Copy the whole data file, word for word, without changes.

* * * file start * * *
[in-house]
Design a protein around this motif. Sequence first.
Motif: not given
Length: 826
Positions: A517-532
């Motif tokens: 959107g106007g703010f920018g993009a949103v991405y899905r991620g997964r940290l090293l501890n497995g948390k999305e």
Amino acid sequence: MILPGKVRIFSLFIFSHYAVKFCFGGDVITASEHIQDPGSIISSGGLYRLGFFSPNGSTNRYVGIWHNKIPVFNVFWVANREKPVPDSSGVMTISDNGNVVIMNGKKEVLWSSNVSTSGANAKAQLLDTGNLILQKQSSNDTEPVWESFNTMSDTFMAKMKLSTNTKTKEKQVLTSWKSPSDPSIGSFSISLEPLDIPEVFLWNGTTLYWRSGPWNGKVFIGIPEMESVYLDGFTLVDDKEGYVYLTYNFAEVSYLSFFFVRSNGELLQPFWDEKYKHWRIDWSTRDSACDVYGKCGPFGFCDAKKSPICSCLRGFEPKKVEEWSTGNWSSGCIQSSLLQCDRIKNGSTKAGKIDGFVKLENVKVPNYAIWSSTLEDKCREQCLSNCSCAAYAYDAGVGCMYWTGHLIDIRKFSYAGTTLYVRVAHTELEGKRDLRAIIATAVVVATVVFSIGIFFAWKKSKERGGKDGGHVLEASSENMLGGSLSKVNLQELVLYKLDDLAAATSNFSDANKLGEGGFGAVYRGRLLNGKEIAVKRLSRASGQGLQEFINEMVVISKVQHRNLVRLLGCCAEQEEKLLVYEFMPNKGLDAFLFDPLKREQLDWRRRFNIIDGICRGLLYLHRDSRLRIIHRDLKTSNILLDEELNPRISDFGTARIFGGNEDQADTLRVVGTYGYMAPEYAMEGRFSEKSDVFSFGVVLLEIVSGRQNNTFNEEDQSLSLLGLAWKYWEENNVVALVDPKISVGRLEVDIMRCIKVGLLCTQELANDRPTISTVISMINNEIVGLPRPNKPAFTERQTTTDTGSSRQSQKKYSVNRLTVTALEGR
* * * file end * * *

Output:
[in-house]
Design a protein around this motif. Sequence first.
Motif: not given
Length: 826
Positions: A517-532
């Motif tokens: 959107g106007g703010f920018g993009a949103v991405y899905r991620g997964r940290l090293l501890n497995g948390k999305e």
Amino acid sequence: MILPGKVRIFSLFIFSHYAVKFCFGGDVITASEHIQDPGSIISSGGLYRLGFFSPNGSTNRYVGIWHNKIPVFNVFWVANREKPVPDSSGVMTISDNGNVVIMNGKKEVLWSSNVSTSGANAKAQLLDTGNLILQKQSSNDTEPVWESFNTMSDTFMAKMKLSTNTKTKEKQVLTSWKSPSDPSIGSFSISLEPLDIPEVFLWNGTTLYWRSGPWNGKVFIGIPEMESVYLDGFTLVDDKEGYVYLTYNFAEVSYLSFFFVRSNGELLQPFWDEKYKHWRIDWSTRDSACDVYGKCGPFGFCDAKKSPICSCLRGFEPKKVEEWSTGNWSSGCIQSSLLQCDRIKNGSTKAGKIDGFVKLENVKVPNYAIWSSTLEDKCREQCLSNCSCAAYAYDAGVGCMYWTGHLIDIRKFSYAGTTLYVRVAHTELEGKRDLRAIIATAVVVATVVFSIGIFFAWKKSKERGGKDGGHVLEASSENMLGGSLSKVNLQELVLYKLDDLAAATSNFSDANKLGEGGFGAVYRGRLLNGKEIAVKRLSRASGQGLQEFINEMVVISKVQHRNLVRLLGCCAEQEEKLLVYEFMPNKGLDAFLFDPLKREQLDWRRRFNIIDGICRGLLYLHRDSRLRIIHRDLKTSNILLDEELNPRISDFGTARIFGGNEDQADTLRVVGTYGYMAPEYAMEGRFSEKSDVFSFGVVLLEIVSGRQNNTFNEEDQSLSLLGLAWKYWEENNVVALVDPKISVGRLEVDIMRCIKVGLLCTQELANDRPTISTVISMINNEIVGLPRPNKPAFTERQTTTDTGSSRQSQKKYSVNRLTVTALEGR